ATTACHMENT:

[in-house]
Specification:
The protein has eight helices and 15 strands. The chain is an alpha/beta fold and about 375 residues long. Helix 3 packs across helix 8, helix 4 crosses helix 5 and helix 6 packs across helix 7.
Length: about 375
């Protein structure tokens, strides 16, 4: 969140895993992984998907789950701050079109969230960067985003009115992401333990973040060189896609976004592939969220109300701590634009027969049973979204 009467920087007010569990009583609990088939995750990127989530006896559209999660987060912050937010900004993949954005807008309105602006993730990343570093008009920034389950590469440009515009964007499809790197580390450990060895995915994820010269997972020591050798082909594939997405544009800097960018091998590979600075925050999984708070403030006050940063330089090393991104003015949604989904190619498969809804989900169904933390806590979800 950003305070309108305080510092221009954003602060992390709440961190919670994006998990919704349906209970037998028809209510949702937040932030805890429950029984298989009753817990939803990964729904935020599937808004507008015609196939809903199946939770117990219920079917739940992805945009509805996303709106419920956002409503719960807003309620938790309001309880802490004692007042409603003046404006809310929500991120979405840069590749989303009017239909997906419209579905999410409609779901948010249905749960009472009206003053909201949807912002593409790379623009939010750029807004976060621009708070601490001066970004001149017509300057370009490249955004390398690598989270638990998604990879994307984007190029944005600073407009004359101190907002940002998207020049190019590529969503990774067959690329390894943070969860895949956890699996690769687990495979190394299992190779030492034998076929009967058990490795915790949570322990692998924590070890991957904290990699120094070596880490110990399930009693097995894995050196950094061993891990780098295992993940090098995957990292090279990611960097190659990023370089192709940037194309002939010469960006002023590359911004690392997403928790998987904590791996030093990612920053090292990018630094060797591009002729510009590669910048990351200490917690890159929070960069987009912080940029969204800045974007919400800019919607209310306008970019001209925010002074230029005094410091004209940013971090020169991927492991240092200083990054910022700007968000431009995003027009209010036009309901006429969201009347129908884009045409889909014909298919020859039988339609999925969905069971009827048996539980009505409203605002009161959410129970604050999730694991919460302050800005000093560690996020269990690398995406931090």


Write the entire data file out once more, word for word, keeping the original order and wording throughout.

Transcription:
[in-house]
Specification:
The protein has eight helices and 15 strands. The chain is an alpha/beta fold and about 375 residues long. Helix 3 packs across helix 8, helix 4 crosses helix 5 and helix 6 packs across helix 7.
Length: about 375
């Protein structure tokens, strides 16, 4: 969140895993992984998907789950701050079109969230960067985003009115992401333990973040060189896609976004592939969220109300701590634009027969049973979204 009467920087007010569990009583609990088939995750990127989530006896559209999660987060912050937010900004993949954005807008309105602006993730990343570093008009920034389950590469440009515009964007499809790197580390450990060895995915994820010269997972020591050798082909594939997405544009800097960018091998590979600075925050999984708070403030006050940063330089090393991104003015949604989904190619498969809804989900169904933390806590979800 950003305070309108305080510092221009954003602060992390709440961190919670994006998990919704349906209970037998028809209510949702937040932030805890429950029984298989009753817990939803990964729904935020599937808004507008015609196939809903199946939770117990219920079917739940992805945009509805996303709106419920956002409503719960807003309620938790309001309880802490004692007042409603003046404006809310929500991120979405840069590749989303009017239909997906419209579905999410409609779901948010249905749960009472009206003053909201949807912002593409790379623009939010750029807004976060621009708070601490001066970004001149017509300057370009490249955004390398690598989270638990998604990879994307984007190029944005600073407009004359101190907002940002998207020049190019590529969503990774067959690329390894943070969860895949956890699996690769687990495979190394299992190779030492034998076929009967058990490795915790949570322990692998924590070890991957904290990699120094070596880490110990399930009693097995894995050196950094061993891990780098295992993940090098995957990292090279990611960097190659990023370089192709940037194309002939010469960006002023590359911004690392997403928790998987904590791996030093990612920053090292990018630094060797591009002729510009590669910048990351200490917690890159929070960069987009912080940029969204800045974007919400800019919607209310306008970019001209925010002074230029005094410091004209940013971090020169991927492991240092200083990054910022700007968000431009995003027009209010036009309901006429969201009347129908884009045409889909014909298919020859039988339609999925969905069971009827048996539980009505409203605002009161959410129970604050999730694991919460302050800005000093560690996020269990690398995406931090």